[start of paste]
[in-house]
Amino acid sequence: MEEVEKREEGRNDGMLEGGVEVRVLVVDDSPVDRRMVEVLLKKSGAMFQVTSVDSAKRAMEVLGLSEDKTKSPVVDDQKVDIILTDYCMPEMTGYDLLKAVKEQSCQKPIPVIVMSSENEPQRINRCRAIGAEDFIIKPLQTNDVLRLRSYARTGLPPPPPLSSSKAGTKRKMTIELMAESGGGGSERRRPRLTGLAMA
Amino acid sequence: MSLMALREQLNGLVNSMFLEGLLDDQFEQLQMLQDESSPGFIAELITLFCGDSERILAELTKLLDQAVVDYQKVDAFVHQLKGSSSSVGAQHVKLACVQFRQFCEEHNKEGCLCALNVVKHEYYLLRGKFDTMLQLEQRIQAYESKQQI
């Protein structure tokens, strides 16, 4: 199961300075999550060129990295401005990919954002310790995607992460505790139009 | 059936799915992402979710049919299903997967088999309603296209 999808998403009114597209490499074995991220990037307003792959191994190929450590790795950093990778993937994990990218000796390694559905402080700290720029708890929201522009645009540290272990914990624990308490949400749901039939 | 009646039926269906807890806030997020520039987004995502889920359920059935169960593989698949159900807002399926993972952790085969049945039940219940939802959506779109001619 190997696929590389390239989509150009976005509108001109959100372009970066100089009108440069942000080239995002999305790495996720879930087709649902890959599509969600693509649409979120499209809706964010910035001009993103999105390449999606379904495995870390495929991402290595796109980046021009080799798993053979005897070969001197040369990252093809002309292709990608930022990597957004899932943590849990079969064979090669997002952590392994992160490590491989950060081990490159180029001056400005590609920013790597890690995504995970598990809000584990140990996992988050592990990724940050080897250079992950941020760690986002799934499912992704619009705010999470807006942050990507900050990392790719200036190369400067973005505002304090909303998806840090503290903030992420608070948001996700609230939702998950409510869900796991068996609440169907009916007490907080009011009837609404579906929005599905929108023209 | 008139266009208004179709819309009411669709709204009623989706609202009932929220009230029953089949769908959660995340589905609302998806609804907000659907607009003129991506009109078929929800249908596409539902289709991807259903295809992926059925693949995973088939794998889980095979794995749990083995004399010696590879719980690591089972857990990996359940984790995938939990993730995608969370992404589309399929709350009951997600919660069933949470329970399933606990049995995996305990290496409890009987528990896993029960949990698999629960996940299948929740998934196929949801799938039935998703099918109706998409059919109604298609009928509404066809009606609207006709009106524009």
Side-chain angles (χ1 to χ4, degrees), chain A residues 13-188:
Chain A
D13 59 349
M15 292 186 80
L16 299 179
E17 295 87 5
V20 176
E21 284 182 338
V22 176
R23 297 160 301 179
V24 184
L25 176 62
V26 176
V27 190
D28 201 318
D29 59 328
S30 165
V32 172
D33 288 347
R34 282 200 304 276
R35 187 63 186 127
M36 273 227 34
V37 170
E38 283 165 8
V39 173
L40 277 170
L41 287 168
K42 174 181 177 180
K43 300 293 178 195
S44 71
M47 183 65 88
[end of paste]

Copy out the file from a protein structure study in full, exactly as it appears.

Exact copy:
[in-house]
Amino acid sequence: MEEVEKREEGRNDGMLEGGVEVRVLVVDDSPVDRRMVEVLLKKSGAMFQVTSVDSAKRAMEVLGLSEDKTKSPVVDDQKVDIILTDYCMPEMTGYDLLKAVKEQSCQKPIPVIVMSSENEPQRINRCRAIGAEDFIIKPLQTNDVLRLRSYARTGLPPPPPLSSSKAGTKRKMTIELMAESGGGGSERRRPRLTGLAMA
Amino acid sequence: MSLMALREQLNGLVNSMFLEGLLDDQFEQLQMLQDESSPGFIAELITLFCGDSERILAELTKLLDQAVVDYQKVDAFVHQLKGSSSSVGAQHVKLACVQFRQFCEEHNKEGCLCALNVVKHEYYLLRGKFDTMLQLEQRIQAYESKQQI
């Protein structure tokens, strides 16, 4: 199961300075999550060129990295401005990919954002310790995607992460505790139009 | 059936799915992402979710049919299903997967088999309603296209 999808998403009114597209490499074995991220990037307003792959191994190929450590790795950093990778993937994990990218000796390694559905402080700290720029708890929201522009645009540290272990914990624990308490949400749901039939 | 009646039926269906807890806030997020520039987004995502889920359920059935169960593989698949159900807002399926993972952790085969049945039940219940939802959506779109001619 190997696929590389390239989509150009976005509108001109959100372009970066100089009108440069942000080239995002999305790495996720879930087709649902890959599509969600693509649409979120499209809706964010910035001009993103999105390449999606379904495995870390495929991402290595796109980046021009080799798993053979005897070969001197040369990252093809002309292709990608930022990597957004899932943590849990079969064979090669997002952590392994992160490590491989950060081990490159180029001056400005590609920013790597890690995504995970598990809000584990140990996992988050592990990724940050080897250079992950941020760690986002799934499912992704619009705010999470807006942050990507900050990392790719200036190369400067973005505002304090909303998806840090503290903030992420608070948001996700609230939702998950409510869900796991068996609440169907009916007490907080009011009837609404579906929005599905929108023209 | 008139266009208004179709819309009411669709709204009623989706609202009932929220009230029953089949769908959660995340589905609302998806609804907000659907607009003129991506009109078929929800249908596409539902289709991807259903295809992926059925693949995973088939794998889980095979794995749990083995004399010696590879719980690591089972857990990996359940984790995938939990993730995608969370992404589309399929709350009951997600919660069933949470329970399933606990049995995996305990290496409890009987528990896993029960949990698999629960996940299948929740998934196929949801799938039935998703099918109706998409059919109604298609009928509404066809009606609207006709009106524009």
Side-chain angles (χ1 to χ4, degrees), chain A residues 13-188:
Chain A
D13 59 349
M15 292 186 80
L16 299 179
E17 295 87 5
V20 176
E21 284 182 338
V22 176
R23 297 160 301 179
V24 184
L25 176 62
V26 176
V27 190
D28 201 318
D29 59 328
S30 165
V32 172
D33 288 347
R34 282 200 304 276
R35 187 63 186 127
M36 273 227 34
V37 170
E38 283 165 8
V39 173
L40 277 170
L41 287 168
K42 174 181 177 180
K43 300 293 178 195
S44 71
M47 183 65 88